In the early 1970s, Jeff Lynne, Roy Wood and Bev Bevan took the remnants of The Move and formed the Electric Light Orchestra (ELO). Originally a side project intending to merge classical with rock and continue where The Beatles' "I Am The Walrus" left off, it quickly became the main focus for the trio. Wood soon lost interest and, as you cannot have two captains on the same ship, decided to leave to form Wizzard. ELO became Lynne's baby and ended up becoming one of the most successful bands in the world, selling more than 50 million albums worldwide. Since
September 2015 Archives
Jeff Lynne brings back ELO in a triumphant 2014 performance.
A supremely gifted vocalist, Minnie Riperton's 1979 track provides a lesson in interpretive singing.
Best remembered for her multi-octave range, Minnie Riperton enjoyed an all-too-brief career in the 1970s. Her influence lingers in several R&B and pop singers ranging from Mariah Carey to Corinne Bailey Rae to Ariana Grande, but no one can match her phrasing and interpretative ability. While "Loving You" remains her most famous track, Riperton recorded several notable songs before breast cancer claimed her life in 1979. One of her final singles, "Memory Lane," encapsulates her ethereal voice and ability to wring emotion out of every word in the lyrics. Born in Chicago in 1947, Riperton showed early talent in music,
This great performance from two legends of guitar is available on CD for the first time.
When it comes to pushing musical boundaries, Carlos Santana and John McLaughlin are two guitarists at the top of the list. The pair has mixed world music with jazz, rock, Latin, blues and funk with a heavy dose of spirituality, all played with a stunning level of virtuosity. In 1973, they collaborated on an album, Love Devotion Surrender. The subsequent tour was the last time they had played a full-length concert together however until 2011. That year, Claude Nobs invited them to play the Montreux Jazz festival. While the two guitarists had played there many times on their own, it
A blistering performance by these prog rock legends.
Prog rock super group, Emerson, Lake & Palmer took the music world by storm in the 1970s. Keyboardist and former The Nice member Keith Emerson's virtuoso abilities were matched by drummer Carl Palmer and former King Crimson member, bassist Greg Lake, who added a pop sensibility to the mix. The studio records were good, but the band was even better on the live stage, where they could extend jams for as long as they liked and present a flamboyant stage show that included, among other things, knives in keyboards. The band broke up in the early 1980s, only to return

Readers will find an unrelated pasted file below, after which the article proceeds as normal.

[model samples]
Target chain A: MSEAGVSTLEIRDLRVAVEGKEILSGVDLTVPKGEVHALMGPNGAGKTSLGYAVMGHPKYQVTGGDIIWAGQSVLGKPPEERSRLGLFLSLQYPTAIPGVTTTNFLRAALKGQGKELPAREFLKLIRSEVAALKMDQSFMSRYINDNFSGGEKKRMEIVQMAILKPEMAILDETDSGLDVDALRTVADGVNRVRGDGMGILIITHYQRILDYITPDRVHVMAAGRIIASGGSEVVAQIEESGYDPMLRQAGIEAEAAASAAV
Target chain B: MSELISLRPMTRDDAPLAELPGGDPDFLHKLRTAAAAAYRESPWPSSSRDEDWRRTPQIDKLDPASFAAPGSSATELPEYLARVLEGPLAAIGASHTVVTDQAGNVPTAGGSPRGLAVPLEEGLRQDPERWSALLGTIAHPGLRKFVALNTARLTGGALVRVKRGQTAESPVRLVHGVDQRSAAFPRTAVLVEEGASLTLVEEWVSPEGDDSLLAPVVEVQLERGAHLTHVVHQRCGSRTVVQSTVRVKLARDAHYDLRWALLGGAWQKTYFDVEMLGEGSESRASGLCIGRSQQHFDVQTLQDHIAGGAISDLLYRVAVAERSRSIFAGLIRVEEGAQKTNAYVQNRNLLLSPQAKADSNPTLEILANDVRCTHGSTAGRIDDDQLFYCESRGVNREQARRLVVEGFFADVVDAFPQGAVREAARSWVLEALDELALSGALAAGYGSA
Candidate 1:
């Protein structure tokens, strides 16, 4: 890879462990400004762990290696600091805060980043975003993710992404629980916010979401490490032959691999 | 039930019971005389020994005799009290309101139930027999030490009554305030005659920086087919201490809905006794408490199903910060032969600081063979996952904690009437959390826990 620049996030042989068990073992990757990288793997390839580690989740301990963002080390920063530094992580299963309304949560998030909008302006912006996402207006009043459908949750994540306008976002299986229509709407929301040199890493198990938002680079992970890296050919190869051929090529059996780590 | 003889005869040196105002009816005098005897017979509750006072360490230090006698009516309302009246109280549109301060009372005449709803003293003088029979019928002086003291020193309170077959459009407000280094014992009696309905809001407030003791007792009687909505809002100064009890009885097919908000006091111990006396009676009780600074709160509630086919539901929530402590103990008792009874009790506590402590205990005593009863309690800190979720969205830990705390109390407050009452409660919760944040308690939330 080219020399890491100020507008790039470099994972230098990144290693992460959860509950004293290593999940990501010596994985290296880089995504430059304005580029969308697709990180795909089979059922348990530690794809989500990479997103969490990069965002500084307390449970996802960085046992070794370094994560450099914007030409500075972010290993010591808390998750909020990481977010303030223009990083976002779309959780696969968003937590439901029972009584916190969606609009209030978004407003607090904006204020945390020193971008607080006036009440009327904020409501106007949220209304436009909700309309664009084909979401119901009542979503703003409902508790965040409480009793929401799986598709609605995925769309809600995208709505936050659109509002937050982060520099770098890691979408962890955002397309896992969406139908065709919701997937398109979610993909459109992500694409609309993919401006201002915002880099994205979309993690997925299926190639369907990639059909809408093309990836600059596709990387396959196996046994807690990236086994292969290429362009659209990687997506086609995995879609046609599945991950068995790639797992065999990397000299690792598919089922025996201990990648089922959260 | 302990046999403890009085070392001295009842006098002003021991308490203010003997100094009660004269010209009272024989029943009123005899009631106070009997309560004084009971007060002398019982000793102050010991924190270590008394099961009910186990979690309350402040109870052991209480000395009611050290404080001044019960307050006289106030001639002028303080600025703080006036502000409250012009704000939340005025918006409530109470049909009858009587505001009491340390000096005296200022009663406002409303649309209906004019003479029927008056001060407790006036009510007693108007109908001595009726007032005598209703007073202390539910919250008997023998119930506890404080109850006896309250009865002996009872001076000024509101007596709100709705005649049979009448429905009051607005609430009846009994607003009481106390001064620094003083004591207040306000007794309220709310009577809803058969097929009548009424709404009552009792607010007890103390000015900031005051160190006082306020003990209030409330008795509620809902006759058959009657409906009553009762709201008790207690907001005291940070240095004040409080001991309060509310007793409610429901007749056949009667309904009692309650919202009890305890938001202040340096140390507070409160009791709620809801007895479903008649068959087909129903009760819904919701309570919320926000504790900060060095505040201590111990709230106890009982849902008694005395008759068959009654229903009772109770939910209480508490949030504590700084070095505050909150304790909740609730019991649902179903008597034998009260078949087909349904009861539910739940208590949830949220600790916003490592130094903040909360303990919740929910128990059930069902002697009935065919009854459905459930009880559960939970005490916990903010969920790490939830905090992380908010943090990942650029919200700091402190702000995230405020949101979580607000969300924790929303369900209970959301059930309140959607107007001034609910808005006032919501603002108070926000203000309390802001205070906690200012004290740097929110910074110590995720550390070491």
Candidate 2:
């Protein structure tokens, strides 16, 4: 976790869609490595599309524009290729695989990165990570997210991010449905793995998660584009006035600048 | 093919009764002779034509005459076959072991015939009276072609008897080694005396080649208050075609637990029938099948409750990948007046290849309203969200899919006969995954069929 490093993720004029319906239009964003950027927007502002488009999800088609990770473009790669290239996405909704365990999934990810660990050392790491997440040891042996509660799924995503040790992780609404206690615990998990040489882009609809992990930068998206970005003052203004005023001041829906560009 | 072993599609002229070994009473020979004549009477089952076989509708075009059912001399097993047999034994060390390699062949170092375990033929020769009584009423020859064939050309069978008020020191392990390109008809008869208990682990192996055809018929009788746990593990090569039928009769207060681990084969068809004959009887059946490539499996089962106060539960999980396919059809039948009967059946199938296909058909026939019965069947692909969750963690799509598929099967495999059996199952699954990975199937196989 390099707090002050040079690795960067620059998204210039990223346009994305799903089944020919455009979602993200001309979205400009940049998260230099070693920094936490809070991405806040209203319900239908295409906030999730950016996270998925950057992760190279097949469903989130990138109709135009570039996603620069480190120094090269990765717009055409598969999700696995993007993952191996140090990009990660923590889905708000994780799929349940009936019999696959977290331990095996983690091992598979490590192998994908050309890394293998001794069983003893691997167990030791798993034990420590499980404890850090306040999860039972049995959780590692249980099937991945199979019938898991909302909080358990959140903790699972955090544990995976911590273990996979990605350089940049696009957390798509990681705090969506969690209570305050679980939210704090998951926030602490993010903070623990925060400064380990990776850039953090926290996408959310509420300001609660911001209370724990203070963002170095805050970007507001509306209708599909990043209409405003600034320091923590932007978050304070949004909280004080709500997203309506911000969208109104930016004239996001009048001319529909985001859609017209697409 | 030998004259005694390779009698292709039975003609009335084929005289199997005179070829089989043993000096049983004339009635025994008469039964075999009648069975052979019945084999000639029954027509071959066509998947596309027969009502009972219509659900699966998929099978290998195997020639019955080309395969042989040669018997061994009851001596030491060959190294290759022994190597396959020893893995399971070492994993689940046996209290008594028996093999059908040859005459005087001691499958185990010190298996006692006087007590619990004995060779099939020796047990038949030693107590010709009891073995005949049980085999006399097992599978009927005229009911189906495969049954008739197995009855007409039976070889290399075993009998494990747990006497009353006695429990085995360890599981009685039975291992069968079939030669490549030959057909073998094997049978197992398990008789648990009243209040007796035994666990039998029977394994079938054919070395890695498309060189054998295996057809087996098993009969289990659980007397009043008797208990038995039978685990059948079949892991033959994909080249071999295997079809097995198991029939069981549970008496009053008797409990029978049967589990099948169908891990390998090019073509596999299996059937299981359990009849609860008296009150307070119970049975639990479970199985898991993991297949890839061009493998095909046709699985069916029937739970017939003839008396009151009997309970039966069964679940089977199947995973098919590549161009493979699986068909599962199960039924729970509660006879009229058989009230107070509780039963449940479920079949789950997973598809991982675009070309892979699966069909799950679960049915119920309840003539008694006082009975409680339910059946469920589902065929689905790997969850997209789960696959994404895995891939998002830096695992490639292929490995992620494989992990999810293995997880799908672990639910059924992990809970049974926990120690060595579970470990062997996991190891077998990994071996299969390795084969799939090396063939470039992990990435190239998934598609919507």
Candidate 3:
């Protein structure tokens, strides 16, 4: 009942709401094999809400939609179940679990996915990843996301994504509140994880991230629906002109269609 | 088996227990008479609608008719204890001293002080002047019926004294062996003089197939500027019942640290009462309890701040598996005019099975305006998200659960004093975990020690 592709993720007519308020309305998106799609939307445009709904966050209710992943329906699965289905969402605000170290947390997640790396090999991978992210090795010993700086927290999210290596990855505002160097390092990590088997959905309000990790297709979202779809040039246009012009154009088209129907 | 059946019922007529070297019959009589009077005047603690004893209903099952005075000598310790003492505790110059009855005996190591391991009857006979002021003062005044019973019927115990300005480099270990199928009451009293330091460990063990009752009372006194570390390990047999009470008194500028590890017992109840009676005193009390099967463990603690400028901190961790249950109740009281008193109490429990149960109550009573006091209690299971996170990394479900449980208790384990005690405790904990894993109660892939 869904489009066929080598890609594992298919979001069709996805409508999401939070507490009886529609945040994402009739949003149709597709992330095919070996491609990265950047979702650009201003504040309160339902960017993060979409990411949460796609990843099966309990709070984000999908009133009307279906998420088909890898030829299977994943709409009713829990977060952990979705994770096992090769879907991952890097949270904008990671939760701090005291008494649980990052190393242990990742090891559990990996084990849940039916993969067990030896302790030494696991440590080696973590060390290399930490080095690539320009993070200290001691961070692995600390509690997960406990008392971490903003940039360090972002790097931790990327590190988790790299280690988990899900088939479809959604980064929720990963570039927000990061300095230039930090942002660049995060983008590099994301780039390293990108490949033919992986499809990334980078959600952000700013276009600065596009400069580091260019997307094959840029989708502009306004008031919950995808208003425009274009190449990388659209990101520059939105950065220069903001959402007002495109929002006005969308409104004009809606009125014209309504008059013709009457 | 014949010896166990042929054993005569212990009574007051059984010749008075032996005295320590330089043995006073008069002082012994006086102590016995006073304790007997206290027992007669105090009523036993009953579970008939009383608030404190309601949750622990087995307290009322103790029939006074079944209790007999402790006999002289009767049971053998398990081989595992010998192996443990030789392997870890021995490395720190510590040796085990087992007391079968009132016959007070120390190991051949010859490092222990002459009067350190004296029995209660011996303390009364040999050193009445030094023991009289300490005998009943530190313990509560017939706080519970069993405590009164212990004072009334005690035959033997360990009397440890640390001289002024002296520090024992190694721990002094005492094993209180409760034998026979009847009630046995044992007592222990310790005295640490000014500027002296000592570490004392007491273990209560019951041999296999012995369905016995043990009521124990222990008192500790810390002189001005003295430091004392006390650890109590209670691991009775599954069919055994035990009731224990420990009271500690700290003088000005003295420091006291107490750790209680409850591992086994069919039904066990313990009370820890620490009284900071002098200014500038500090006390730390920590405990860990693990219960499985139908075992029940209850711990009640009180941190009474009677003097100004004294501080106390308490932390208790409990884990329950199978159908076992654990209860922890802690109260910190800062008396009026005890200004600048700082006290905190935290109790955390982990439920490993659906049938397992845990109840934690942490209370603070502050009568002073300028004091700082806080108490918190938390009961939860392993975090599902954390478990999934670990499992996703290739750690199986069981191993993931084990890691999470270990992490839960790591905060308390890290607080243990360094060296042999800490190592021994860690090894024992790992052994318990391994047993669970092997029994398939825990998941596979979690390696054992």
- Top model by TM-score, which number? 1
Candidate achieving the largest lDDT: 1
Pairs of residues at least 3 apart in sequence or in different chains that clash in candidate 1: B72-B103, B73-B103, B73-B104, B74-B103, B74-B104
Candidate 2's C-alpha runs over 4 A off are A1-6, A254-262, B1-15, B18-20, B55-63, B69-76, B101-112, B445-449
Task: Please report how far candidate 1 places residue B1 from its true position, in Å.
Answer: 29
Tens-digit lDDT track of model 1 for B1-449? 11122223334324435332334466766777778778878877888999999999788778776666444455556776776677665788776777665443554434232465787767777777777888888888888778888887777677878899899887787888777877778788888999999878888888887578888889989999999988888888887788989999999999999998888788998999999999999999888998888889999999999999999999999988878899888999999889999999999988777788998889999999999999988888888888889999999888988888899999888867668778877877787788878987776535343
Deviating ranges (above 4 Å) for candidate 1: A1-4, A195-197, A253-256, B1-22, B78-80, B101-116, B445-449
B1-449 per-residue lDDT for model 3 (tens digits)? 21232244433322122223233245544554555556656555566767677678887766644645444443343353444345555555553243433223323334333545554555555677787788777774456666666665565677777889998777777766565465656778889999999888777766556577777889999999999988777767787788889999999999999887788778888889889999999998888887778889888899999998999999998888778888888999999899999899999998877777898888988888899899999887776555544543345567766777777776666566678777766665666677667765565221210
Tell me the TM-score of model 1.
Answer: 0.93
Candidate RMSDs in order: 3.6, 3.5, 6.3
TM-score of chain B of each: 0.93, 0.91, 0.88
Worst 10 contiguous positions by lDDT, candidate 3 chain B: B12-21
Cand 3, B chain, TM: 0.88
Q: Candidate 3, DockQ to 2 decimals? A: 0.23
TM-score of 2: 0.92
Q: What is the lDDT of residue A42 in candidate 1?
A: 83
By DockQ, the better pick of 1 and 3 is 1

Raging Fire debuts a blistering rerecording of one of their classic tracks.
Start with a driving guitar riff that's equal parts Steve Jones, Guns 'N' Roses and AC/DC and add the sultry vocals of Melora Saner and you have "More Than This," a preview track from Raging Fire's forthcoming compilation, Everything Is Roses. This is a previously unreleased 2015 rerecording of a song from the band's 1986 LP Faith Love Was Made Of. The surviving members of the band (Guitarist Michael Godsey died in 2012), along with guitarists Joe Blanton of The Bluefields and Warner Hodges of Jason and the Scorchers, cut the track as a tribute to Godsey. The song sounds
Best known for her 1983 dance hit "Too Tough," Angela Bofill's early work showcases her jazz background.
Fans of 1980s soul will recall Angela Bofill, the chanteuse who sang such hits as the 1983 dance floor burner "Too Tough" as well as heart wrenching ballads such as "I Try." However, Bofill is also an unappreciated jazz singer who could scat and boasted an impressive vocal range. Her 1978 debut album Angie showcases her songwriting and vocal abilities, demonstrating that Bofill's talent encompasses dance, R&B, jazz, pop, and Latin influences. Nowhere are these skills more evident that the almost six-minute track "Under the Moon and Over the Sky," a jazz fusion workout that deserves greater attention. Born in
The legendary rockers deliver a killer performance at the 2014 Download Festival.
Aerosmith's second act has been a remarkable one. Their comeback-period albums of Permanent Vacation, Pump and Get A Grip are now each over 20 years old and the band has survived everything from in-band fighting, cancer, Steven Tyler falling off the wagon (and off stage) and becoming a judge on American Idol. In 2014, the band headlined the Download Festival at Donington Park in Leicestershire, UK, with a blistering set that would make bands half their age take notice. The show was filmed and has been immortalized in the DVD/2-CD set, Aerosmith Rocks Donington 2014. The DVD begins with backstage
Pugwash gets a long-overdue international release for their great new album.
While Ireland's Pugwash has been plying their trade making smart, well-crafted pop songs for a number of years now, it wasn't until 2014's compilation, A Rose In A Garden Of Weeds, that the band had been afforded a worldwide release. Now signed to Omnivore records, the band has released its first studio album to a worldwide audience, Play This Intimately (As If Among Friends). The sound is familiar, influenced particularly by the likes of Jeff Lynne, yet the band adds enough of their own spin to the music to push the songs in exciting new directions. The album leads off